Here nudity rules – bathing suits are not permitted, but there are some ladies-only times. Whether or not you go on co-ed days, the routine is the same: you move from station to station, directed by the numbers on the wall, (thankfully, no English is required), the humorless attendants, and the signs that indicate how much time you should spend in each pool or sauna, with showers in between. With no clothes to indicate modern times, transported by the timeless and meditative atmosphere, I gazed at the domed ceilings and tiles decorated with peacocks and flower. The ritual has l6 steps, and if you take your time you could spend three hours here. The temperatures are calibrated to heat up and cool down the body, but there’s only one ice-cold pool and that is at the end. Then you go to a nap room that felt to me like a dorm in a Swiss boarding school.
Next door is the other major spa, Caracalla. Sleekly modern, with bathing suits required, the 4000 square foot family-friendly spa dazzles with 12 natural springs supplying a hot and cold rock grotto, whirlpools, waterfalls and water jets, both in and outdoors. There are hot and cold saunas and herb-infused steam rooms, with scents and the sounds of New Age music.
You can sign up for massages and facials, but bathing seems to be point here, just as it has always been in traditional spas.
For a facial, I head to the town’s legendary hotel, the 140-year old Brenners Park-Hotel and Spa. If Baden-Baden has a grand hotel, this is it. When the French forces established their headquarters in Baden-Baden in 1944, they requisitioned the hotel. When President Charles de Gaulle and German Chancellor Konrad Adenauer met in 1962 to discuss the unification of Europe, they met here.
Its expanded spa facility is now located next door in Villa Stephanie, once the residence of Stephanie de Beauharnais, Duchess of Baden and adoptive daughter of Napoleon I. My 80-minute, multi-step facial includes everything from aromatherapy to massage, and leaves me feeling aglow. The extensive spa menu offers massages, wraps, as well as personal trainers, including cyclists who will take you on the biking and hiking trails of the Black Forest just beyond. You could stay at the Villa Stephanie and have a wellness assessment, complete with special meals.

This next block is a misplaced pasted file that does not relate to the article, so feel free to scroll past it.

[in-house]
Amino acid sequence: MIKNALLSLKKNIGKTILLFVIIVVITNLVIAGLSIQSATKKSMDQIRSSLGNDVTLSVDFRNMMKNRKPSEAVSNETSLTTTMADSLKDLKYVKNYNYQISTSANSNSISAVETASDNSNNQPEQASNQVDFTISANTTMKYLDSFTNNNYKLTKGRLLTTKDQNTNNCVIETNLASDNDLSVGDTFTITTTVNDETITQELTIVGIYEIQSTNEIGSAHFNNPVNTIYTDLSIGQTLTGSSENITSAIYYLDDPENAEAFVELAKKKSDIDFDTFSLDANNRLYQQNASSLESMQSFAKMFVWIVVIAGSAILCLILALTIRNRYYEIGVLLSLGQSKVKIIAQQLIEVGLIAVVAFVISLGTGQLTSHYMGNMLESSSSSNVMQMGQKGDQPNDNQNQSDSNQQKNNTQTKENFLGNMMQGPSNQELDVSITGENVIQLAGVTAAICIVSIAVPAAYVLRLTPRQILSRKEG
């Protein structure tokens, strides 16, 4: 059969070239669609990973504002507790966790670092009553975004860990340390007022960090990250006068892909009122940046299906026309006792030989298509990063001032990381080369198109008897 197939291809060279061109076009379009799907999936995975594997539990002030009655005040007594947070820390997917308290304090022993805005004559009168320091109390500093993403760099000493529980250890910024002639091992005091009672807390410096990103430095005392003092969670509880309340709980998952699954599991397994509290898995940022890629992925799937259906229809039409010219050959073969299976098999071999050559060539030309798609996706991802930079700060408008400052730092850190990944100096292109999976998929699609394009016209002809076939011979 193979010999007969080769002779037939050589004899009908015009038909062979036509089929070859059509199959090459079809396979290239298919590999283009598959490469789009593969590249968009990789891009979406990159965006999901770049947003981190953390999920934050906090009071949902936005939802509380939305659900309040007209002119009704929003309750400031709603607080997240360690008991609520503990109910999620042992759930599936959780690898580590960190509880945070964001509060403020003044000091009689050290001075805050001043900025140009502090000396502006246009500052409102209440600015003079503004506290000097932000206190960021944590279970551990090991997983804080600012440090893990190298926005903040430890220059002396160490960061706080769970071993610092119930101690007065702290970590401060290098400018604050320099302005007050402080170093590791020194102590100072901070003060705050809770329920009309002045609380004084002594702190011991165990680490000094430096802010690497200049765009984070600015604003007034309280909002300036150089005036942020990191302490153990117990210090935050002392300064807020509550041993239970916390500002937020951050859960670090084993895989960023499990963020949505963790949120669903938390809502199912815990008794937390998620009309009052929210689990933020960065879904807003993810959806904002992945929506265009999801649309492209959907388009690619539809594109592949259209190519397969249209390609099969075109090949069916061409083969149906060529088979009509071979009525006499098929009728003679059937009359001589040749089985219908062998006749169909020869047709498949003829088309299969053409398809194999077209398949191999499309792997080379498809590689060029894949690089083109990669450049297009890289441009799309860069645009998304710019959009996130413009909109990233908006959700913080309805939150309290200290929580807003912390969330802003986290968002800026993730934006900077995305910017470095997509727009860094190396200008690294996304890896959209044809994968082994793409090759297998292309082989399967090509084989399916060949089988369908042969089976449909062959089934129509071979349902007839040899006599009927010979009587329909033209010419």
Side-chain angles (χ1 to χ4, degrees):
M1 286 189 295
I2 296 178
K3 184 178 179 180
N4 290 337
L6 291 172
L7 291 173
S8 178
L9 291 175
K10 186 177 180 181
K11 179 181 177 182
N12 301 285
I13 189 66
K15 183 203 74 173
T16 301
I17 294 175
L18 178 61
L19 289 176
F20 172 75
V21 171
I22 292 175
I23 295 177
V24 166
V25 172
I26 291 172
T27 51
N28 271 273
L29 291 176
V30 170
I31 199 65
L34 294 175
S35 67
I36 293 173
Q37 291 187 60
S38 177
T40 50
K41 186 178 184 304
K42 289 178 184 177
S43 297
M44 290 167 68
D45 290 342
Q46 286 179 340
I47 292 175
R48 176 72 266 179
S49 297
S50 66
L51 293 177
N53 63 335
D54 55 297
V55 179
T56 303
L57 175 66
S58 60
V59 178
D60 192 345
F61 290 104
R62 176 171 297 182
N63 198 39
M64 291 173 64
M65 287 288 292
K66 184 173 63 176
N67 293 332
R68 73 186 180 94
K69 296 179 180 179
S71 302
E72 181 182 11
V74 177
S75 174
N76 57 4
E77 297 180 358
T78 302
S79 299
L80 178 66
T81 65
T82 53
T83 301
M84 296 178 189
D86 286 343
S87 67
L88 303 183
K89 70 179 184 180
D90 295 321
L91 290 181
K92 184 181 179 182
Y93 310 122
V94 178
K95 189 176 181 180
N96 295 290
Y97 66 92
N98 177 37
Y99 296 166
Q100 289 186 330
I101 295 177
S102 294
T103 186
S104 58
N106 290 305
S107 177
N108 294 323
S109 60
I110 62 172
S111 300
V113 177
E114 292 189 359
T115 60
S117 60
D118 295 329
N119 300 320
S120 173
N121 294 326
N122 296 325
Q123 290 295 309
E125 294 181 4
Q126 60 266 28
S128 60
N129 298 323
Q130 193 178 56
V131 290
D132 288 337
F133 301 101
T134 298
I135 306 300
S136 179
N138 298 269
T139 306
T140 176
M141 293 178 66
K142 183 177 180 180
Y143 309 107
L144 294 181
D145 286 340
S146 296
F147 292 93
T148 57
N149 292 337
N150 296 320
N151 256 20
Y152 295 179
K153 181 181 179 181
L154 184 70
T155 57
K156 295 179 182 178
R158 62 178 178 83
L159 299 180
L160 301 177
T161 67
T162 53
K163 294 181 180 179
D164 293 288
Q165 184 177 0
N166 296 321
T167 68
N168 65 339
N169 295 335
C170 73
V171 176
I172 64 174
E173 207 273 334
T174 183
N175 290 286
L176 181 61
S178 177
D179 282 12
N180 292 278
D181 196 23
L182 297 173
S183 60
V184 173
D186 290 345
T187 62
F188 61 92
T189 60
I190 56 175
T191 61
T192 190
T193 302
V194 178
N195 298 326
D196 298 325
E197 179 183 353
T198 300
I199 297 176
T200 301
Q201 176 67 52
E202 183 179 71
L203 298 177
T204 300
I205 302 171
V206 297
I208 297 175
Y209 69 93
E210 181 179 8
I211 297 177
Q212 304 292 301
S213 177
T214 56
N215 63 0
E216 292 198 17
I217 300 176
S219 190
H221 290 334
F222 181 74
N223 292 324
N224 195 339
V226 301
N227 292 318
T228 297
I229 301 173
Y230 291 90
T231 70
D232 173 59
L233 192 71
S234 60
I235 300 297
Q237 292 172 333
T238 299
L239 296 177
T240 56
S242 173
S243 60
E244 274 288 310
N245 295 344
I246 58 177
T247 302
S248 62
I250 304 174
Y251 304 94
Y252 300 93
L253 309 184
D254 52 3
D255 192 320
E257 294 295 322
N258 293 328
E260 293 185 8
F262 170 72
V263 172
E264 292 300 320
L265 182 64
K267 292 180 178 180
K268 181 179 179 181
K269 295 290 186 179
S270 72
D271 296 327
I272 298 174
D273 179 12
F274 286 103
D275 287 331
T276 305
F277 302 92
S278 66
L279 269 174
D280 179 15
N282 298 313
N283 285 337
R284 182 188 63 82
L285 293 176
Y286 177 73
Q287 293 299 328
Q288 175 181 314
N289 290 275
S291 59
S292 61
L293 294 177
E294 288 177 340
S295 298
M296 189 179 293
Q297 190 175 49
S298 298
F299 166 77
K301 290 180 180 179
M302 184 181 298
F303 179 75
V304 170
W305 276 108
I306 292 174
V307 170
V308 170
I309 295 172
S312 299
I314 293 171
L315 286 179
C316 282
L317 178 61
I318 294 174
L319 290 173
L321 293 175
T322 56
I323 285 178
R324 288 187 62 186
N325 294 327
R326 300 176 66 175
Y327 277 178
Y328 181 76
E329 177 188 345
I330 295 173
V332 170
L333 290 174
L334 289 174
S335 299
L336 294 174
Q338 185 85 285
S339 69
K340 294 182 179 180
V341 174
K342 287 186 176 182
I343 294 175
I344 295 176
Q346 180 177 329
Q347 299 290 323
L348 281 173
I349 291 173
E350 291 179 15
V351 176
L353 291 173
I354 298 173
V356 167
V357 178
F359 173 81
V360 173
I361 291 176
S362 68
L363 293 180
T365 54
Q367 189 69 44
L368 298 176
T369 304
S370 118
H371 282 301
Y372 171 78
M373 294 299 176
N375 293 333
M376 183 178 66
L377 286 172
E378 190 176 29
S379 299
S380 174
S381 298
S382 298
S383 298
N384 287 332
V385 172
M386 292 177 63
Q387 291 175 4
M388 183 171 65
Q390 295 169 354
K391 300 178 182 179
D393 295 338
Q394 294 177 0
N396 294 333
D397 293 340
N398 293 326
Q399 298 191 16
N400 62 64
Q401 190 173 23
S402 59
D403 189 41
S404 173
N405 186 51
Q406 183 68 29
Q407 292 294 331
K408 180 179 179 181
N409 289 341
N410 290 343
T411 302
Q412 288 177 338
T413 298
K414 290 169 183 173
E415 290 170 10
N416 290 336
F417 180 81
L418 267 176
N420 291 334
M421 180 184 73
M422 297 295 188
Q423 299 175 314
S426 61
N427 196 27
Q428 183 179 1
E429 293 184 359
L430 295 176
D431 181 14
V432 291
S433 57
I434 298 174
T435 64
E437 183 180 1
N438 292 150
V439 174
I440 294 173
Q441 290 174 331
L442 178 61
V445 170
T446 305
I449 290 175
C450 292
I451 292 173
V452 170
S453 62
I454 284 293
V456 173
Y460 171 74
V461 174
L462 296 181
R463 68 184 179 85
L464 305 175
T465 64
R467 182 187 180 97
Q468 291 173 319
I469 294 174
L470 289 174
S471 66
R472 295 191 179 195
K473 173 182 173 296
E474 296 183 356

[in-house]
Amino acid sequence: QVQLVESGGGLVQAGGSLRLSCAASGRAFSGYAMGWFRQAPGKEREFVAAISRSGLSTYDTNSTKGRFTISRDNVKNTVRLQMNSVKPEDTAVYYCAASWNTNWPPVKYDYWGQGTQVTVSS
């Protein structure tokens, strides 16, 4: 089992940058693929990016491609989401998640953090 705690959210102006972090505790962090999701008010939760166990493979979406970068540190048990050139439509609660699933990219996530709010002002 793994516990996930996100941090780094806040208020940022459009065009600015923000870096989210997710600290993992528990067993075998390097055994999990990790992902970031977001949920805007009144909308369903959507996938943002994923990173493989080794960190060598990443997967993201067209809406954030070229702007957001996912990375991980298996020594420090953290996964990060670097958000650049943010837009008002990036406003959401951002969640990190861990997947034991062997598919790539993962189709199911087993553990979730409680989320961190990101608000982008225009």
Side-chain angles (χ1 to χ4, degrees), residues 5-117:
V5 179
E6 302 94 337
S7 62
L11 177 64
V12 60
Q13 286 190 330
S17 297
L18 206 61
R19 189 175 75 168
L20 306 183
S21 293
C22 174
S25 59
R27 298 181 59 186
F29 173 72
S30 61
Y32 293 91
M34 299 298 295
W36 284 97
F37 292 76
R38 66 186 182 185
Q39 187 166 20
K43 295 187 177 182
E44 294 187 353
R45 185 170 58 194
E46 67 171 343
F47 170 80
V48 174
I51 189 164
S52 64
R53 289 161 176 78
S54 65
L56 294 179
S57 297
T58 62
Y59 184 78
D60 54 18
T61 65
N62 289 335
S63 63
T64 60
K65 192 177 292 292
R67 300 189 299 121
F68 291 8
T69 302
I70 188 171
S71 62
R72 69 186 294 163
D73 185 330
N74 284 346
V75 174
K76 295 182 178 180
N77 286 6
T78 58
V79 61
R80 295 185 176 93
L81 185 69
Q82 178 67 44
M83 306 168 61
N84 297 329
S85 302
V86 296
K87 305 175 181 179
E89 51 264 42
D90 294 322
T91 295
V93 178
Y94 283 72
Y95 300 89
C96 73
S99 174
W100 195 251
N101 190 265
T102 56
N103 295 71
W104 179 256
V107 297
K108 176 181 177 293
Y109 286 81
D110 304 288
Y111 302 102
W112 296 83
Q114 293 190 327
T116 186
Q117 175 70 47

The spacious luxe atmosphere, with terraces overlooking the gardens, is part of the treatment. I mused as I swam in an azure indoor pool.
And then lunch, and that other renowned liquid known for its relaxing properties: wine. It’s not surprising that Baden-Baden, with its museums, concerts halls and restaurants, would be a wine place rather than a beer place.
Baden, which includes the town of Baden-Baden, happens to be the third-largest wine growing area in Germany. This warmest part of the country is likened to Burgundy, and the wine growing region extends for 400 km (200 miles) along the Rhine. There are high-quality vineyards just outside of town, carved out of the mountainous Black Forest. They specialize in Riesling and Pinots – blanc, gris, and noir. The latter have been basking in sunshine and glory, wining contests and accolades for the past decade.
Sitting on the terrace of the Wintergarten, Brenners’ casual restaurant facing the Lichtentaler Allee, I order a local Pinot blanc, which is really a white Burgundy, to go with my first course of celeriac tart with truffle crumble, balsamic pine nut reduction and ragout of beans and tomato. Then a Riesling to match the Riesling froth on my seared filet of pike-perch, cauliflower and lentils and parsley potatoes. The dishes are impressive, and this isn’t even the two Michelin star dinner restaurants next door, where I spot the young star chef, Paul Stradner, designing the evening menu.